Good news for all of us urbanists: the townhouse (or terraced house) concept is creating a buzz in Helsinki.
Last Thursday I attended a seminar by the City Planning Department on the subject of introducing townhouses to the city fabric in a larger scale. The seminar was based on the city’s recently published townhouse report (unfortunately only available in Finnish). The report circles – just as the seminar did – around the bureaucratic implications for introducing the townhouse as an element for city-building. It also sums up the current plans for townhouses and the areas with most potential for future development.
A significant share of the future townhouses will be built in Östersundom, an unbuilt area in the eastern fringe of the city, and other suburban locations. But some townhouses will also be introduced in the inner city areas. The suburban and inner city townhouse will also be separated as two distinct types. Each will be designed with features that accommodate them in the corresponding context.
I find the city’s new plans generally very welcome! Although it’s a bit amusing that something as common as the townhouse is under discussion as an option for city building in the year 2012. But better late than never.
Even though suburban townhouses are a better option than detached single-family housing, the seminar gave me the impression that they will in fact only serve as a new way for selling suburban dreams. In other words, there is currently no attempt to use the townhouse as a tool for transforming suburban locations into more urban places.
The suburban townhouse will likely follow the examples of existing sites like Säterinmetsä (in Espoo) and Vuorenjuuri. They are among the most notorious examples of the few townhouse-like attempts that we have at the moment.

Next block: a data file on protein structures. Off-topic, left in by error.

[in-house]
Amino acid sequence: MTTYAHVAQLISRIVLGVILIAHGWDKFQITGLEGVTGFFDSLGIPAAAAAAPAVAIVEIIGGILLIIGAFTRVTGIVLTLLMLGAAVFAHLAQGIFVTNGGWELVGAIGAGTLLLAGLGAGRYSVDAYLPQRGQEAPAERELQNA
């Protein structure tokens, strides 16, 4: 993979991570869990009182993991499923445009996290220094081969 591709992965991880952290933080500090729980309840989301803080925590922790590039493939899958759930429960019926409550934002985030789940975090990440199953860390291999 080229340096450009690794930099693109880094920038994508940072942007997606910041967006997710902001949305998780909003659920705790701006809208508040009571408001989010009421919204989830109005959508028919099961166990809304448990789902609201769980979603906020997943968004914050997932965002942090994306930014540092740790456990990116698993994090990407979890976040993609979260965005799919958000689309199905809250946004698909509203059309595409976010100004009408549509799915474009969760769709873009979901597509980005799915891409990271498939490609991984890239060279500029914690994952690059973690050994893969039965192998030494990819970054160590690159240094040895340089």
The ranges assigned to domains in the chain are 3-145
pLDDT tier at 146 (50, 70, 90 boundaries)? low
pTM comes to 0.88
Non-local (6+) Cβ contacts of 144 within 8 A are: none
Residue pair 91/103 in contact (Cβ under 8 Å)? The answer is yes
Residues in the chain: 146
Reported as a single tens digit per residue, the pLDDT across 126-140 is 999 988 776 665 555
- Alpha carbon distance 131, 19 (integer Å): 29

The inner city townhouses will however be more like the real thing. The ones already planned or under planning will emerge at seaside locations in the brownfield sites of Kalasatama, Jätkäsaari, Koivusaari and Kruunuvuorenranta. It is debatable if the last two of these projects are in fact inner city projects, but that’s how the city anyways sees it.
The goal is to spread townhouses amongst taller apartment buildings in the project areas and create nice streetscapes. Cars are parked underground. The city is also thinking if townhouses could be a solution for infill development on lots too small for conventional apartment buildings.
I am very pro to these plans and can also say without any further thinking that the townhouse would be a fabulous addition for infill development. Generally, I just fear that the outcomes of the big project plans will turn out to be disappointments. Non-suburban development hasn’t really been done in the city for decades so there is little know-how on placemaking among other things. Extra attention should be paid to making sure the outcome won’t look like Ruoholahti, which is a 1990’s attempt to design an urban neighborhood. Didn’t quite hit the note. It’s as if they tried to squeeze suburban designs into smaller lots.
I also took note that the city still needs to define more clearly what a Helsinki townhouse should look like. There was an idea competition for this back in 2010, but apparently more are needed. It would be optimistic to hope for anything but very modern ideas, but I want to remind that the townhouse is not completely new to Helsinki. The very first ones were built 100 years ago in Kulosaari and Munkkiniemi. The ones in Munkkiniemi are designed by Eliel Saarinen. Personally, I would take inspiration from these graceful prototypes.
Townhouse, welcome (back) to Helsinki!